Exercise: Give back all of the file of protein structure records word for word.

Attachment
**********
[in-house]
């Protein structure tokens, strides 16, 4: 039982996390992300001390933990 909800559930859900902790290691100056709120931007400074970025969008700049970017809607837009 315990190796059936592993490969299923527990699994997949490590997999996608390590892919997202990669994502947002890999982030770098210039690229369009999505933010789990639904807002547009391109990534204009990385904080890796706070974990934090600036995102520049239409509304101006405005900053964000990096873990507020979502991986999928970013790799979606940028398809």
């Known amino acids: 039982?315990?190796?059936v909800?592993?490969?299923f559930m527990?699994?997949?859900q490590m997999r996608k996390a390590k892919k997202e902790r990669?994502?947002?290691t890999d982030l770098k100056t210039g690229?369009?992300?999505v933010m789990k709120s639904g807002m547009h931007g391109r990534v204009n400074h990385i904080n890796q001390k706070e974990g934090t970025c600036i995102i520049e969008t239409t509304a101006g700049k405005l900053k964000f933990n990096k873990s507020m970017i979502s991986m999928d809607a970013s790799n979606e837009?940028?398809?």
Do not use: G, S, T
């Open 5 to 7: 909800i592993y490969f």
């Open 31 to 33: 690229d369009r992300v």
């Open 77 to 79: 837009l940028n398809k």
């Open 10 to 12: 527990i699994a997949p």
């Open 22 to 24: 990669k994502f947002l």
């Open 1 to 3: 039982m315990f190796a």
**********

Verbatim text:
[in-house]
């Protein structure tokens, strides 16, 4: 039982996390992300001390933990 909800559930859900902790290691100056709120931007400074970025969008700049970017809607837009 315990190796059936592993490969299923527990699994997949490590997999996608390590892919997202990669994502947002890999982030770098210039690229369009999505933010789990639904807002547009391109990534204009990385904080890796706070974990934090600036995102520049239409509304101006405005900053964000990096873990507020979502991986999928970013790799979606940028398809």
């Known amino acids: 039982?315990?190796?059936v909800?592993?490969?299923f559930m527990?699994?997949?859900q490590m997999r996608k996390a390590k892919k997202e902790r990669?994502?947002?290691t890999d982030l770098k100056t210039g690229?369009?992300?999505v933010m789990k709120s639904g807002m547009h931007g391109r990534v204009n400074h990385i904080n890796q001390k706070e974990g934090t970025c600036i995102i520049e969008t239409t509304a101006g700049k405005l900053k964000f933990n990096k873990s507020m970017i979502s991986m999928d809607a970013s790799n979606e837009?940028?398809?």
Do not use: G, S, T
């Open 5 to 7: 909800i592993y490969f």
């Open 31 to 33: 690229d369009r992300v």
């Open 77 to 79: 837009l940028n398809k």
């Open 10 to 12: 527990i699994a997949p």
């Open 22 to 24: 990669k994502f947002l």
């Open 1 to 3: 039982m315990f190796a």